Ministers snub move to protect British farmers from poor-quality foreign food

Calls to enshrine British farming standards in law were rejected by the Government yesterday.

On Monday MPs will vote on an amendment to the agricultural Bill that stipulates food products imported under future trade deals meet or exceed UK domestic standards. 

Environment Secretary George Eustice told the Daily Mail he would not support the amendment.

And he said ministers expect MPs to reject it despite lobbying from environmental and farming groups and celebrities. 

Environment Secretary George Eustice (pictured) told the Daily Mail he would not support the amendment

The groups see the amendment as a guarantee that UK farmers cannot be undercut by foreign producers with lower standards after the Brexit transition expires in January.

Mr Eustice insisted the amendment was unnecessary and would cause ‘technical issues’ over existing trade terms with some South American countries. 

He said there were ‘difficulties, practically, in putting these sorts of amendments into primary legislation’, adding: ‘There’s a small amount of access for some products, including beef from South America at the moment. Not all of them would necessarily meet our standards, but it’s relatively small quantities.’

He insisted chlorinated chicken and hormone-fed beef would not be permitted under any trade deal with the US. He said importing such products was illegal and would remain so. And he urged voters to trust the Tory manifesto commitment to protect food standards.

Mr Eustice said the UK was the third largest food market in the world after China and Japan, putting the UK in a ‘powerful position to dictate access’.

He said: ‘We can make sure that we retain consumer confidence in any imports that come in here.

‘And it’s also in the interest of producers in these other countries like Australia and the US, if they want to come in and have a good reputation, and for there to be consumer confidence in their products, it’ll be very important that they work with us to ensure that they produce to our standards that our consumers will accept.’

But Emily Thornberry, Labour’s trade spokesman, said Mr Eustice was neglecting his responsibilities.

‘His whole job is to represent the interests of British farmers and he must stand up for them now against cut-price competition from American mega farms with minimal standards of animal welfare,’ she said.

‘Is he really prepared to tell our farmers they have to compete with cheap imports of beef and pork that would be illegal for them to produce here at home?

‘That cannot be right, which is why he must do his job, listen to reason, and write into law that imports from the US can only be sold in Britain if they meet the same standards our farmers are required to meet.’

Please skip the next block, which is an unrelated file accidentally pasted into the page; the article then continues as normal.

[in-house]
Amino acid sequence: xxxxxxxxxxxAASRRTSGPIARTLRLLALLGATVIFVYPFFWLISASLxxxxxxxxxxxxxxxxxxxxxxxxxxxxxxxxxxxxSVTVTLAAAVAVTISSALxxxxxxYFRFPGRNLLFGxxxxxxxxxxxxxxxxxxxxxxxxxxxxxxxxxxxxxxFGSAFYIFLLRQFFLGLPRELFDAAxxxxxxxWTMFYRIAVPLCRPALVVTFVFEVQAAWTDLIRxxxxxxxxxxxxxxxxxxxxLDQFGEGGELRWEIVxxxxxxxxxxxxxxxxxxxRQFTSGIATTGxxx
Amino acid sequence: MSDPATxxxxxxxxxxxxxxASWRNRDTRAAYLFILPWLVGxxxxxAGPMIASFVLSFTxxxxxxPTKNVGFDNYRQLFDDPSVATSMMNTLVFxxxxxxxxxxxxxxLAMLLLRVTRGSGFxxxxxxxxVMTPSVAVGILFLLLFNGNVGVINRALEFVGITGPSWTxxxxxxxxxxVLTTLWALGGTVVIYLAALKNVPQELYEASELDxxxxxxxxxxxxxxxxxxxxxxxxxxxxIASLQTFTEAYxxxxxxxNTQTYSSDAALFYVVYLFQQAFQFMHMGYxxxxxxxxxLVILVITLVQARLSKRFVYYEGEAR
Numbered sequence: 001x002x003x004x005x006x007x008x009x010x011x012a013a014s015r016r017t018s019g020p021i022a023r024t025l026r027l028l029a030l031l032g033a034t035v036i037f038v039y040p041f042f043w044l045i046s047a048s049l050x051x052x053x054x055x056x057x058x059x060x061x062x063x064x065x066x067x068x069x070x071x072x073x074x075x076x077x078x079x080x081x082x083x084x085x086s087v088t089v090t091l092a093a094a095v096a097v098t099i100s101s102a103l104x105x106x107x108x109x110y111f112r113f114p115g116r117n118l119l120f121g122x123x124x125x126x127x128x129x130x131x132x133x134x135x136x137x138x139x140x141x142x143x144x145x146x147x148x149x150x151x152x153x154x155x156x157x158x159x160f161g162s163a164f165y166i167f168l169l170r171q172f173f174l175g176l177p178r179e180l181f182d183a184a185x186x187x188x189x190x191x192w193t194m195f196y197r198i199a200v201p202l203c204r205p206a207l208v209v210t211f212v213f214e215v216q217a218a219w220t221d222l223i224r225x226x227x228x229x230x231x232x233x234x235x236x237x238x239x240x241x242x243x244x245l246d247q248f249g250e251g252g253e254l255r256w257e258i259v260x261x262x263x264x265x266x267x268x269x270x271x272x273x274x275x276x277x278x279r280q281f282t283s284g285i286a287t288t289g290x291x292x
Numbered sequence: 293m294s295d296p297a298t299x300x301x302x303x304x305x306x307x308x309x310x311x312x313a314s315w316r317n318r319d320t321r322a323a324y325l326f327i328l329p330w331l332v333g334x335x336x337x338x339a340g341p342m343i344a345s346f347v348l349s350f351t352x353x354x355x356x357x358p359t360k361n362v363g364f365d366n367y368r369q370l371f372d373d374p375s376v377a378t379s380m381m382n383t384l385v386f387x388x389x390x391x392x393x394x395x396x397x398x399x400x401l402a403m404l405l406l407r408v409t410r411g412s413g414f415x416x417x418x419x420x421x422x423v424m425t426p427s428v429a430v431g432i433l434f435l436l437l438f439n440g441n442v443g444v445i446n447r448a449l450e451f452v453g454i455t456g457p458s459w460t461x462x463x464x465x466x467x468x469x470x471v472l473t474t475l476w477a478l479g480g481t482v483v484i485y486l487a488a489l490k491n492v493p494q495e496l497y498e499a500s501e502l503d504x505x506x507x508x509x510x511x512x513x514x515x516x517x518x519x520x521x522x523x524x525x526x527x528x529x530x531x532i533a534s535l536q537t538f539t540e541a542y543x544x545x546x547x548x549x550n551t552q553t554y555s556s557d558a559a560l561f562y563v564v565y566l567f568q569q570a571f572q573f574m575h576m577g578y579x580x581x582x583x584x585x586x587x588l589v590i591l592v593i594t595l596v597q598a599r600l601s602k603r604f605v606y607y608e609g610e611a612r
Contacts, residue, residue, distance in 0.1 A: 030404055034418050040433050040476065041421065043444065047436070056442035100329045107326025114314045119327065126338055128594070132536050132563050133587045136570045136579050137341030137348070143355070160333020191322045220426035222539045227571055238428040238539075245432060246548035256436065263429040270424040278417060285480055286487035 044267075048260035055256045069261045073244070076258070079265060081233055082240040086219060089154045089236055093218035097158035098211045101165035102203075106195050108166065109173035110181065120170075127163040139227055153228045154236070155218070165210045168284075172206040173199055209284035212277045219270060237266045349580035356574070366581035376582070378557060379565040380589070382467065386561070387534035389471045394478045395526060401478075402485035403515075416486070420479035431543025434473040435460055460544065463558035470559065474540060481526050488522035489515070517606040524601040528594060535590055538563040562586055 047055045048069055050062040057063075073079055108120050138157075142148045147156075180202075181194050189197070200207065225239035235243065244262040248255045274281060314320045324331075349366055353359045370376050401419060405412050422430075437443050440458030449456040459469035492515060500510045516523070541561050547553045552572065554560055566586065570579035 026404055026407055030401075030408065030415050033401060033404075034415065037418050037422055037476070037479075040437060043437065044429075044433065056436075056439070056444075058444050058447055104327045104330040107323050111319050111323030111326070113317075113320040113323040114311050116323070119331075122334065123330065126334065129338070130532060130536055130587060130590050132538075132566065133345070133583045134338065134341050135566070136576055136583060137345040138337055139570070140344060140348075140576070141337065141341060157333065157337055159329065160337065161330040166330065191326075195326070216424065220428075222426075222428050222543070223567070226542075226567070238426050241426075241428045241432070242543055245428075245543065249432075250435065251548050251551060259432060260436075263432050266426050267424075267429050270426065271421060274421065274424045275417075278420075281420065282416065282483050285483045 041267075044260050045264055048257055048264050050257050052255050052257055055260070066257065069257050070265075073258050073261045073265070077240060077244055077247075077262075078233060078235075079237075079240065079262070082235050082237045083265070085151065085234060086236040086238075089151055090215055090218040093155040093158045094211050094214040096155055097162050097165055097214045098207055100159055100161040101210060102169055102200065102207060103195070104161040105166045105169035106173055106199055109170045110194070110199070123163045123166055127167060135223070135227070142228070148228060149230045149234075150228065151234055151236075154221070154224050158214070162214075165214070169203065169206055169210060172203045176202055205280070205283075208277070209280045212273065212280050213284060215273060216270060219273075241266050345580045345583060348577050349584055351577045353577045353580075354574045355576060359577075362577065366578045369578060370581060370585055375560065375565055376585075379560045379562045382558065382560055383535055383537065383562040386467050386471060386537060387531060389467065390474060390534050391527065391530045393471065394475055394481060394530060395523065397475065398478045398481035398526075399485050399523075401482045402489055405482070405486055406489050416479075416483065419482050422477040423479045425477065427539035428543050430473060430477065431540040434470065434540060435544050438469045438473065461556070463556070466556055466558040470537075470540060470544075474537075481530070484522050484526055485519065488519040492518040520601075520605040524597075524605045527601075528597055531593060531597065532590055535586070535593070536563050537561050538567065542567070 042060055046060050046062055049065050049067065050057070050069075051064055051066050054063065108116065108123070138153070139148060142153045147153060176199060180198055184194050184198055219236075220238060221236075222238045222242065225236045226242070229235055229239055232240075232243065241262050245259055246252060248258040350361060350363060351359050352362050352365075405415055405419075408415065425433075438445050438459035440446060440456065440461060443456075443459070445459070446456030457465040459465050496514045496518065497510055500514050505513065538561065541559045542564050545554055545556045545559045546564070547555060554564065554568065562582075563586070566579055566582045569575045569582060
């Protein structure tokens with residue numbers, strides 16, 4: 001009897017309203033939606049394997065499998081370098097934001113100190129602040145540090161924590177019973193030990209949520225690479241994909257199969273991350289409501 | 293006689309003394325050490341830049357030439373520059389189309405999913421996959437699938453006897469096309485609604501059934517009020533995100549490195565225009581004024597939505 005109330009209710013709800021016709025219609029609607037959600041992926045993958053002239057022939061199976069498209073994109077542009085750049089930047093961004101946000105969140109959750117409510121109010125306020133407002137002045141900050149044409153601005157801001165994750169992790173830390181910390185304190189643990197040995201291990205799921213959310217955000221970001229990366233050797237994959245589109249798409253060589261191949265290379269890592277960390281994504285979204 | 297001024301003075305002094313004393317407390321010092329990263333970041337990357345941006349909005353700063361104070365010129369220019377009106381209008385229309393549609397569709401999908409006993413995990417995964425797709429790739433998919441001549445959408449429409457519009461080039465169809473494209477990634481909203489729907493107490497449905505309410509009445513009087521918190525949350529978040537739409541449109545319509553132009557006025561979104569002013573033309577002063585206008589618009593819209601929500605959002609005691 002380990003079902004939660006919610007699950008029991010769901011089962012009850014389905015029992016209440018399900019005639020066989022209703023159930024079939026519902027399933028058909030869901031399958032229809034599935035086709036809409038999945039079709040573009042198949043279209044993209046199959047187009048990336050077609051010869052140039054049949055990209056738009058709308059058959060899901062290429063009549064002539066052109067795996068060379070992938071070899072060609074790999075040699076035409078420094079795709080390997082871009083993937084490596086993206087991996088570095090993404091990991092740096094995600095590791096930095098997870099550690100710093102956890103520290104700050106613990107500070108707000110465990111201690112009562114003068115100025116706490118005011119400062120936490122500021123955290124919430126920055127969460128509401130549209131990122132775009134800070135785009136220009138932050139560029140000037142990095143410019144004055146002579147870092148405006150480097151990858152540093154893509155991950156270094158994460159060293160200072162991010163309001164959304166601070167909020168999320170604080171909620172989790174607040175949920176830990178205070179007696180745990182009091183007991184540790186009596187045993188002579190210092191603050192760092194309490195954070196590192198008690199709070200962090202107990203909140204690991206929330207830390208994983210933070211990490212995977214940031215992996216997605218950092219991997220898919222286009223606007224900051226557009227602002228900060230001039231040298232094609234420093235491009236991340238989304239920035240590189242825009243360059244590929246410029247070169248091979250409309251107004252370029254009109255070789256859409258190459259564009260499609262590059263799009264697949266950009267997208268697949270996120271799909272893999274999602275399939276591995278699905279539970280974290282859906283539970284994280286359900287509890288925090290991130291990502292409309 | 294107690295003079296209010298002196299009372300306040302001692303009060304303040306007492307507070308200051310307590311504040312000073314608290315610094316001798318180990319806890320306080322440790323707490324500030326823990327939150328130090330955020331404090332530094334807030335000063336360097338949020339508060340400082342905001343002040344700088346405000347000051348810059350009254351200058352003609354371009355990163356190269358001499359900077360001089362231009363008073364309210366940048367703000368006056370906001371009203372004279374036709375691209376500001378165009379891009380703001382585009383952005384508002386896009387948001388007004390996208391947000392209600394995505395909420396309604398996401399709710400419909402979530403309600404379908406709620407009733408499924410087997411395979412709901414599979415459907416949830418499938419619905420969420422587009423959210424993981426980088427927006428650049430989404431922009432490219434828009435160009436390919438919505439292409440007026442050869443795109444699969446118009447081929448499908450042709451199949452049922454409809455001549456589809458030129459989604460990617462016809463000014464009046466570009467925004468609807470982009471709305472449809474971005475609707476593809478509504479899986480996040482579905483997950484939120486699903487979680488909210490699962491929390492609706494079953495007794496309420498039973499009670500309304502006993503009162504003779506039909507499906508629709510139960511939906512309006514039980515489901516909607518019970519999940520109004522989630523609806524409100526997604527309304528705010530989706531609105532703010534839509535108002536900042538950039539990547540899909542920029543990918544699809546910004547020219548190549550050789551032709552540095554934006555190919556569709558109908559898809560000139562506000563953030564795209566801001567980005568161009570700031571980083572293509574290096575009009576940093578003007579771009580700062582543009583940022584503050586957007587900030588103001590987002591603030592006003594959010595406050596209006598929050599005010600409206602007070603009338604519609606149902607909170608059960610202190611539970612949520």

Minette Batters, of the National Farmers’ Union, warns of the risk of a ‘race to the bottom’.

Writing in today’s Mail, she says: ‘The Government, so far, has refused to countenance amendments to the bill that would enshrine in law vital safeguards to protect us from a surfeit of cheap, sub-standard imported food from other countries with whom we may agree a post-Brexit trade deal.

‘We farmers worry Boris Johnson is fundamentally indifferent to the importance of British food production. I can only hope that the NFU’s 50,000 members are not being lined up like Texas longhorns for eventual sacrifice to the prize of a wider Anglo-American trade deal.’

Phil Stocker, of the National Sheep Association, said allowing in small quantities of lower standard products to safeguard other trade ‘flies in the face of the UK’s stated aim to see animal welfare standards increased across the world’.

Downing Street has also made it clear it intends to reject a second amendment to establish a permanent and independent trade and agriculture commission to scrutinise any accords before they are signed.

A temporary commission was set up by ministers earlier this year to advise them on their overall approach to trade deals, but it is due to be disbanded after it reports back in the new year.

Celebrity chef Jamie Oliver is leading a campaign to extend the existing commission and add public health experts, arguing that it ‘lacks teeth’.

The Government faces a rebellion from Tory MPs in Monday’s vote, but it is unlikely to be big enough to inflict defeat. About two dozen are thought to be prepared to defy the whip. Ministers fear that, if passed, the amendments would tie their hands in future trade talks.

Trade expert Shanker Singham, who sits on the Government’s trade and agriculture commission, said: ‘It would tie negotiators’ hands, so the Government really has to choose between a “global Britain” trade policy or this sort of approach.

‘You can’t have both.’

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